Wednesday, June 18, 2014

Abstracting reality part 1: general musings

Of the recurring topics in my photography, abstract images tend to stand out. This has inspired me to write a series of blog posts on  the subject, as seen through my lay-man's eyes (I never received any formal training on photography). In these posts, I will tackle the following six (not mutually exclusive) themes: distorted reflections, architectural abstracts, wear and tear, zooming in, abstracted art, and miscellaneous situations. The present post is a general introduction to the theme.

The Wikipedia entry on Abstract art (link) starts with the sentence: Abstract art uses a visual language of form, color and line to create a composition which may exist with a degree of independence from visual references in the world. We will see the first part come back in the subsequent themed contributions, but it is also important to pay attention to the second part: the presence of identifiable items do not make an image a non--abstract. I stress this, because I have often encountered comments that assume abstracts by definition cannot have identifiable elements.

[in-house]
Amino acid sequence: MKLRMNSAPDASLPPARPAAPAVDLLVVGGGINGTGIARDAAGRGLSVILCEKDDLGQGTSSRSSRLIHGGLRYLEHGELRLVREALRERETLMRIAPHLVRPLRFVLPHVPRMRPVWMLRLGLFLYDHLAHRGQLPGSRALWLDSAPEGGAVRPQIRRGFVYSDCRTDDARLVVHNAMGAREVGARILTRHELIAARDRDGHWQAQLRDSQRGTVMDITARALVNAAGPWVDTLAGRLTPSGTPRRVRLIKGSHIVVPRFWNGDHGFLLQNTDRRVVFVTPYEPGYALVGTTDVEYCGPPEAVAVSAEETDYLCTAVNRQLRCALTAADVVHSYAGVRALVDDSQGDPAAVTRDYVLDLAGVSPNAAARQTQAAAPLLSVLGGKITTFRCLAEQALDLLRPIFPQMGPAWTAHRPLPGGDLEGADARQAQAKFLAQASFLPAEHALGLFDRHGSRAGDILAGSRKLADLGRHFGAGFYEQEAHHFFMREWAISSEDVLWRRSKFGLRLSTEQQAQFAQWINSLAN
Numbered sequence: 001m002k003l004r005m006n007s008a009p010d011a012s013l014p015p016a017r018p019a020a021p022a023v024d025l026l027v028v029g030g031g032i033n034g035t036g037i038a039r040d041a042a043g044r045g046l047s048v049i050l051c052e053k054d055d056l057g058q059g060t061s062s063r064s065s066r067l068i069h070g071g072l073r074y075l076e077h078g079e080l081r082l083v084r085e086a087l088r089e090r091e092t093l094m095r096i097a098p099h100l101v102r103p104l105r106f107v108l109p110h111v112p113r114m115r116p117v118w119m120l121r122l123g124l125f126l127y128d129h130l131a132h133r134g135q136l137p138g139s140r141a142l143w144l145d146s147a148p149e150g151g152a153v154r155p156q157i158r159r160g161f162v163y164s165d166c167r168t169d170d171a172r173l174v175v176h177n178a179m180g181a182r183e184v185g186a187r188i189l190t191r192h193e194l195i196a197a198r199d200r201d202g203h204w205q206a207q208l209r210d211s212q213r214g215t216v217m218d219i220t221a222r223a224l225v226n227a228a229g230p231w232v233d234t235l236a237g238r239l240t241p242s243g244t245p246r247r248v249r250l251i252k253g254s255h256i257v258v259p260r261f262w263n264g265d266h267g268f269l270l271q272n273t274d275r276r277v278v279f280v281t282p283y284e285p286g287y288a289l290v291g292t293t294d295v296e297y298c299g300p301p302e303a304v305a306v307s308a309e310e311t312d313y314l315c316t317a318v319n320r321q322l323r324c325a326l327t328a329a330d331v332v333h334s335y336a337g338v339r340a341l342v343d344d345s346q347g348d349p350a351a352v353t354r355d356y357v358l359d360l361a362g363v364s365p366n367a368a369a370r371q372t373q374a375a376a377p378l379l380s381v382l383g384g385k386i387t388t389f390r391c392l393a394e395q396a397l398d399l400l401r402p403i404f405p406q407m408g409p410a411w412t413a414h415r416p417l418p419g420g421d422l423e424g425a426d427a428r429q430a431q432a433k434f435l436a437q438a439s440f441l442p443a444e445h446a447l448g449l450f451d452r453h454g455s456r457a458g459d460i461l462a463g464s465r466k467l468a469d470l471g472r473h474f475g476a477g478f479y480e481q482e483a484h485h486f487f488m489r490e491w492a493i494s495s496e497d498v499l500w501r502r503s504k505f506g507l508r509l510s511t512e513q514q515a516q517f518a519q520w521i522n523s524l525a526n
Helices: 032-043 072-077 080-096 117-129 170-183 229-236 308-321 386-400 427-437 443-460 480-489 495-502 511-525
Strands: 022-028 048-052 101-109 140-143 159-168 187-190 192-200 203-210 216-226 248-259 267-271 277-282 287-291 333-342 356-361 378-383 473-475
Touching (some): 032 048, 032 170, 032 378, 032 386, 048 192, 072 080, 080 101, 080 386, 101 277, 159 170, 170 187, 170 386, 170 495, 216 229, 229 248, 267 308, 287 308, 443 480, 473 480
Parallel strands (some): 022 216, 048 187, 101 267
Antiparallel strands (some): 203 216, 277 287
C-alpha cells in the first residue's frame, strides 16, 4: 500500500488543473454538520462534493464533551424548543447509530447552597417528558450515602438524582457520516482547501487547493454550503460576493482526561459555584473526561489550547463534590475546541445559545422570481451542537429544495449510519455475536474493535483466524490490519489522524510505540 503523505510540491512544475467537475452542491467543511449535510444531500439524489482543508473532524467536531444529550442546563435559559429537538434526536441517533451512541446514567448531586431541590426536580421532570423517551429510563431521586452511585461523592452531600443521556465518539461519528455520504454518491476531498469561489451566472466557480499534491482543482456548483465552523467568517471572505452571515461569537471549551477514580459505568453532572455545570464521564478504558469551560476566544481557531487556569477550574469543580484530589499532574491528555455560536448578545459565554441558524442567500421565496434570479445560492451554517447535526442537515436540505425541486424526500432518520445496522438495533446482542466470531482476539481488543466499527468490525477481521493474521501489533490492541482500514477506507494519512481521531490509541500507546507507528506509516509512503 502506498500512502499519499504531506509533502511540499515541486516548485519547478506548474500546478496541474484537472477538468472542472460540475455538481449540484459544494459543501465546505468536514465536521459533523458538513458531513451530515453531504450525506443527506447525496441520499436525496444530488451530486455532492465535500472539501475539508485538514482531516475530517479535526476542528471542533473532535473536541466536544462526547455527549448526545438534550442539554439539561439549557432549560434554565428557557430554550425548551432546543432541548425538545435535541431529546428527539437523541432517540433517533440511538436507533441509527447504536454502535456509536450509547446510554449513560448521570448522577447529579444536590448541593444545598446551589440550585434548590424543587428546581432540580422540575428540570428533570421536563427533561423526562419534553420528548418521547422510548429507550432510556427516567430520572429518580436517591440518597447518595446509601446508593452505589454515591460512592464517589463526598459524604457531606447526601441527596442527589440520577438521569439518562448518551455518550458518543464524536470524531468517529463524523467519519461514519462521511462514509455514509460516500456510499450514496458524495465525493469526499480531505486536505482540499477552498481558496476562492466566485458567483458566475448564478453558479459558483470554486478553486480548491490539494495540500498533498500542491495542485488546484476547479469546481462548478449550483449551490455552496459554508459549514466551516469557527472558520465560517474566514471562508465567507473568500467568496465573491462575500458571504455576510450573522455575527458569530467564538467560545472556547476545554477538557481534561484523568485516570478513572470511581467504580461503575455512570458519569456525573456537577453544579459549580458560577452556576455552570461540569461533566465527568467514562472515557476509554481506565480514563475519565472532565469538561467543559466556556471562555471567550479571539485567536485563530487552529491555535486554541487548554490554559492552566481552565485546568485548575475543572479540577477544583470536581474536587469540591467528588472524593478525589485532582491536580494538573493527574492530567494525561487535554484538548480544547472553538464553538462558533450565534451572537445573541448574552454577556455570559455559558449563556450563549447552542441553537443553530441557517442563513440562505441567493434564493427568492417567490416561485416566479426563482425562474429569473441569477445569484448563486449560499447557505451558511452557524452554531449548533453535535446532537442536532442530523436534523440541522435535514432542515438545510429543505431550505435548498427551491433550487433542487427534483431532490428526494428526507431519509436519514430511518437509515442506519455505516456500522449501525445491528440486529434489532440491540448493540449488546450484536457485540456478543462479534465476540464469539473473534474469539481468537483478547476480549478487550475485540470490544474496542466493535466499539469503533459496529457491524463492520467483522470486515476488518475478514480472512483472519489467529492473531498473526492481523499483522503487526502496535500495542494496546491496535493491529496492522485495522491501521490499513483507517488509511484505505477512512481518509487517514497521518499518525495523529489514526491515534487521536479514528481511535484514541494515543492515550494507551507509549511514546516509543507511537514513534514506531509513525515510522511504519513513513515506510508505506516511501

Abstract art is mostly encountered in paintings, and less frequently in photography. It is worthwhile pointing out a big distinction between these two abstract art forms. Painters can let their imagination go wild in creating their abstracts, with forms, colours and lines fully unrestricted from  a practical point of view. Photographers are limited to what they encounter (or in rare cases set-up) in real life. It is essential to develop a good eye for possibilities in this respect, keeping in mind that one can select larger scenes as well as small details (without necessarily going into the special field of macro photography).

Let's end this introductory piece with a few general remarks. First, as in all photography, composition plays an important role in determining the quality of an abstract shot. In my experience the natural flow through an image, often enhanced by good choice of using the diagonals, is crucial in this respect. Second, always shoot a series of pictures of one subject, so you can choose the best one. Third, and one that I wished I had known earlier, if your abstract is a detail shot, also take a shot of the overall subject for reference. It is embarrassing to have a successful abstract photograph, and when asked for more information, failing to remember what it actually was.